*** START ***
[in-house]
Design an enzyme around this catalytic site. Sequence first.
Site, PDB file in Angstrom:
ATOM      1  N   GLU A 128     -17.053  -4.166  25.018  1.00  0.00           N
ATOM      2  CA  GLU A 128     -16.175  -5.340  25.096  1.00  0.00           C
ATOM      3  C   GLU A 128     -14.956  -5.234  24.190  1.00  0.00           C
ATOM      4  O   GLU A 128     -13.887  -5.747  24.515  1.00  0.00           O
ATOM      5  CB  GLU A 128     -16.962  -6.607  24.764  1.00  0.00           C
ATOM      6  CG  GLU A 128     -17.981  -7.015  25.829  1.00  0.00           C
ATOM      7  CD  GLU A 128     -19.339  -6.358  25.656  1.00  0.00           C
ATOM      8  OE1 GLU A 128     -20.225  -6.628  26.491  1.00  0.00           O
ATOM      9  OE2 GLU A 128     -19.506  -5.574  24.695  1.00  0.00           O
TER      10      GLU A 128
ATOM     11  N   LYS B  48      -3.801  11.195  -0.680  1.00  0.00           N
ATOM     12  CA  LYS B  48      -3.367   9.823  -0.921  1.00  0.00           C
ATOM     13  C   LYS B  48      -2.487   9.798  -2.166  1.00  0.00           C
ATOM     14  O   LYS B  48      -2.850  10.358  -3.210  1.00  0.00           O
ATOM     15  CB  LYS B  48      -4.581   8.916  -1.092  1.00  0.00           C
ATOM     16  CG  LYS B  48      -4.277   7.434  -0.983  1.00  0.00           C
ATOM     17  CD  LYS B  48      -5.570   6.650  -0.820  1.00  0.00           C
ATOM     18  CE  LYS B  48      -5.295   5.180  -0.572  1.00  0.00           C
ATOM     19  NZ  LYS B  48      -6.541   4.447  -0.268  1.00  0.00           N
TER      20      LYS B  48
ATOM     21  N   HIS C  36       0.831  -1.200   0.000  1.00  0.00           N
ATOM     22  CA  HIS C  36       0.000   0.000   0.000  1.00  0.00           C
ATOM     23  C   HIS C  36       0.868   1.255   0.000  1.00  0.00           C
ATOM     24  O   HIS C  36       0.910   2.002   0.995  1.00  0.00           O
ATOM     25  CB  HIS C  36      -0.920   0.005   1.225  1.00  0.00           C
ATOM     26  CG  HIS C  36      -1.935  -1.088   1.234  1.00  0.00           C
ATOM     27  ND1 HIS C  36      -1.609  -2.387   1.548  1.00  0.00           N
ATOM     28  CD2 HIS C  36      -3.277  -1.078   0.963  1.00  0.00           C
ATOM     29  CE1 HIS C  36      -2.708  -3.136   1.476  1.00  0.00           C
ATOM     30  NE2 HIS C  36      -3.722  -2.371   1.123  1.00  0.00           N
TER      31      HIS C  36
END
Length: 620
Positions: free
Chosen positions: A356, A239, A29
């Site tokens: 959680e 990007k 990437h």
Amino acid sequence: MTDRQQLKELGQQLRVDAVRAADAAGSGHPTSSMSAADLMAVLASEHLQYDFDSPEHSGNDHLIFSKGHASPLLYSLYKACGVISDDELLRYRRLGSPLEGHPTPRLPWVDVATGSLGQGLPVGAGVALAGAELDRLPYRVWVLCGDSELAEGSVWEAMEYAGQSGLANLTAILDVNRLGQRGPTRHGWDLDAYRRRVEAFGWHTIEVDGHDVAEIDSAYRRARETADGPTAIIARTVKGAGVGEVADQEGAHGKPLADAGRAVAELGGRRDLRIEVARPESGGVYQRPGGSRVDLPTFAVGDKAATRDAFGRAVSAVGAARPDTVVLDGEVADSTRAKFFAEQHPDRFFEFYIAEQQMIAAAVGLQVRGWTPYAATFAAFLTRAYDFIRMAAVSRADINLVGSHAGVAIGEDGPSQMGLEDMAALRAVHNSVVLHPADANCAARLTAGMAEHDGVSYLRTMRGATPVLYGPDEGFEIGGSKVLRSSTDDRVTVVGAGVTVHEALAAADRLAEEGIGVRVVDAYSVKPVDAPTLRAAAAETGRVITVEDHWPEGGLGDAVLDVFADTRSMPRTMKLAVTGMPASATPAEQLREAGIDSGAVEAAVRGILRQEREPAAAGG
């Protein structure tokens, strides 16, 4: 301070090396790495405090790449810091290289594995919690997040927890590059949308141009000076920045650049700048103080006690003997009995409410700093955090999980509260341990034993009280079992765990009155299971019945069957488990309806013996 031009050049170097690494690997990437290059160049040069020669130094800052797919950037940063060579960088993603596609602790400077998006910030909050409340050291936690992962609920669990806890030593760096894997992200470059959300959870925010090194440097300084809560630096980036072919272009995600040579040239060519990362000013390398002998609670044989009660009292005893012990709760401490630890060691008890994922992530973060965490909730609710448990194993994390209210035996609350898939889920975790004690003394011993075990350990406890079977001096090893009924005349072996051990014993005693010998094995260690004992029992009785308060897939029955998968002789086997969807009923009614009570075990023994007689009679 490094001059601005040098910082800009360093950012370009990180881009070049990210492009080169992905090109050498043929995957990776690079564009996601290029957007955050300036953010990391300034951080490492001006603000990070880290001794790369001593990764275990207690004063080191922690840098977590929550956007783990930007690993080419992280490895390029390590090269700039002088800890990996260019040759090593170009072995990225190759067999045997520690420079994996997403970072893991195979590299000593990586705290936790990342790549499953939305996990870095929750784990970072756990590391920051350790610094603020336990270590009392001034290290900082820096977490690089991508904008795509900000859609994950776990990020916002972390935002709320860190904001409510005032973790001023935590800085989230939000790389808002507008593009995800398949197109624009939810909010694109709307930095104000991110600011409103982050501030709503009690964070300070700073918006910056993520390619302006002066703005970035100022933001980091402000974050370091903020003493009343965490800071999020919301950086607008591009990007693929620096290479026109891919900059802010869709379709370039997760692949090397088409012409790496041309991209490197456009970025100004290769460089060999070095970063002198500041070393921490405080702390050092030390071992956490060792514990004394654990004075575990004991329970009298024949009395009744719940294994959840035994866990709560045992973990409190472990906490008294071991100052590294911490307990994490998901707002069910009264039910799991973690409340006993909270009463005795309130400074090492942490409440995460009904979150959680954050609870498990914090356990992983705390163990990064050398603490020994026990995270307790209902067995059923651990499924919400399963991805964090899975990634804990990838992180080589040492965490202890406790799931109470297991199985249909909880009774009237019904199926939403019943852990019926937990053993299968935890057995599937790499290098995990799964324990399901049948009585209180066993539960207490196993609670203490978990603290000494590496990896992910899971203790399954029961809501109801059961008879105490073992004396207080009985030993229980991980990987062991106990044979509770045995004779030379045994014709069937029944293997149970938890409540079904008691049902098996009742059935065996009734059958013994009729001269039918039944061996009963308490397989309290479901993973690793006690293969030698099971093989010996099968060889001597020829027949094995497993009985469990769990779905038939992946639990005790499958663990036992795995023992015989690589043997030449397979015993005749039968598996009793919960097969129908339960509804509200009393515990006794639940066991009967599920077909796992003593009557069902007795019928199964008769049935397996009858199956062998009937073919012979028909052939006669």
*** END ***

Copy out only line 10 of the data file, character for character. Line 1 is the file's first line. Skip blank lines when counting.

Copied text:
ATOM      7  CD  GLU A 128     -19.339  -6.358  25.656  1.00  0.00           C